The lines are made pink and wider just for women

17 04 2009

In the city Iksan in South Korea, there are designated women only parking spaces:

parking

Iksan is the “first woman-friendly city” according to the South Korean Ministry of Gender Equality and Family.  The pink lines are 2.5 meters wide instead of 2.3 meters, which is the standard width of parking lines.  They are purposely made wider to make things easier for women drivers.

Oh gosh, what are we going to do with these women folk who can’t drive or park for the life of them?  How thoughtful of them to be so considerate of women drivers who obviously suck at parking!  Perfect how the lines are painted pink, because all women love the color pink.  And of course the parking lines have to be painted wider because women are so unskilled at parking.

I love how a city who has special parking spots for women declares itself the “first woman-friendly city” when it is obviously sexist in putting women inferior to and not as capable as are men when it comes to parking skills.


Actions

Information

4 responses

18 04 2009
krngirl


…i have no words

18 04 2009
Lorraine E.

This made me laugh.

I wonder why the “bad women drivers” stereotype persists. Female drivers are statistically less likely than male drivers to cause accidents, as is shown by the fact that women pay less than men for car insurance, yet many men seem to honestly believe that, because they’re male, they must be better drivers than all women.

My boyfriend explains it this way: the reason I have a clean driving record and he doesn’t is because I’m “too cautious”, so I drive too slowly (only 64 in a 55) and therefore don’t cause accidents or get pulled over. He’s actually the better driver, since he’s “more confident.” To me, this sounds like arguing that you’re actually a better student than the valedictorian because she’s just “too cautious,” so she studies too much.

Maybe it’s just because cars are big fancy machines, and men are always better at using big fancy machines than women are. (Note that women are also proverbially bad with computers…)

21 04 2009
Jason

…Actually, statistically speaking, your boyfriend hit the nail on the head- although not with women being worse drivers.
On average, women are far more likely to have a small accident that might not even warrent calling the insurance company. Whereas, men are more likely to, ah… write their cars off.
Why? Well, that’s arguable. I’ve heard it put down to testosterone, although I think that in most cases, that’s bull. (Although there are those testosterone-overloading men who just HAVE TO BE MANLY.)

Personally I think it largely comes down to the way women are taught they should be- careful and cautious. Whereas men as taught to be fearless- which leads to recklessness.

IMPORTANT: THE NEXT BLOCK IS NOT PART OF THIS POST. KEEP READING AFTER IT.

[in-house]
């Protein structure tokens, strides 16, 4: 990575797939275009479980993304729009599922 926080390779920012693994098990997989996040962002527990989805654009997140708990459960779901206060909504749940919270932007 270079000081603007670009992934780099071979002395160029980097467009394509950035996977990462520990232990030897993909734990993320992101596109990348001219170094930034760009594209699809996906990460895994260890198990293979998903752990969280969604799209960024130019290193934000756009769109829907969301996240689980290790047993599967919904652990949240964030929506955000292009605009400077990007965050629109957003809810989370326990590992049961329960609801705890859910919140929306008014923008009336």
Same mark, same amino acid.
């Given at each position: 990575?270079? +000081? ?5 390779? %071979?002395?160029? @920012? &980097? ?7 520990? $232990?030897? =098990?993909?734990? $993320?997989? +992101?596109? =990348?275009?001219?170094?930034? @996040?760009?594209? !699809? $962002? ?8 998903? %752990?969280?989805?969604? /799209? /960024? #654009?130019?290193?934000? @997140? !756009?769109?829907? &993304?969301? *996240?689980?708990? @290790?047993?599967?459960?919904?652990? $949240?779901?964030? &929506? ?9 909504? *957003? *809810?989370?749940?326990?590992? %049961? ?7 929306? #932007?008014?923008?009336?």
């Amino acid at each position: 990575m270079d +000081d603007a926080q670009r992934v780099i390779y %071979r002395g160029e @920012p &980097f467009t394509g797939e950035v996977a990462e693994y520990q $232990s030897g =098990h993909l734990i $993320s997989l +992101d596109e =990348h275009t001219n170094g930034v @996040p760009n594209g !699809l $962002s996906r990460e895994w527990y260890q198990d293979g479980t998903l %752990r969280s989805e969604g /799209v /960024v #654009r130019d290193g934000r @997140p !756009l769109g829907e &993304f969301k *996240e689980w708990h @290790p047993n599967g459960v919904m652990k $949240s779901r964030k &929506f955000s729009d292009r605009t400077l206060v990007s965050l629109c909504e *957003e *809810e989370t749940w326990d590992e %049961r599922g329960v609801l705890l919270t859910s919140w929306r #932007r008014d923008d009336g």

I’m not sure which is worse- that women are taught to be careful and cautious about everything (because although the extent is often wayyy to far, it’s not a bad basis) or that men are taught to be fearless- which can also be good- but are never taught to temper it with sense and consideration.
And so, since women are taught to be TOO cautious, and men are taught to be TOO fearless, women end up having smaller crashes, and men have bigger ones. It applies to many areas of life- women tend to be slower to speak up in new environments, to largely preface their ideas or work with “it’s not very good” or “I’m new at this”, etc. Whereas men tend to be far more confident.
Is it women? No, it’s the way society teaches us to be. Which speaks a lot about genders in society.

As for the parking, women supposedly have poorer spacial (did I spell that right?) awareness. I don’t know if that’s right or wrong, women and men certaintly think differently, but driving doesn’t come naturally to EITHER gender. Even if many women DO have poorer spacial awareness, they’re already learning how to controll a huge hurtling machine of metal and death. I think they can handle learning to park said machine of death.

To be honest, though, these parking spaces would be a great idea for family vehicles. Kids tend to be less careful about opening the doors, getting babies out when you can’t open the door very wide can be… interesting, and of course there’s potentially buggies and pushchairs, etc.
So, good idea, wrong group of people. Put them near entrances and make them for families. THEN it’d work.

7 05 2009
Melissa

I can’t believe that’s real and not a joke…

Leave a Reply

Fill in your details below or click an icon to log in:

WordPress.com Logo

You are commenting using your WordPress.com account. Log Out / Change )

Twitter picture

You are commenting using your Twitter account. Log Out / Change )

Facebook photo

You are commenting using your Facebook account. Log Out / Change )

Google+ photo

You are commenting using your Google+ account. Log Out / Change )

Connecting to %s




%d bloggers like this: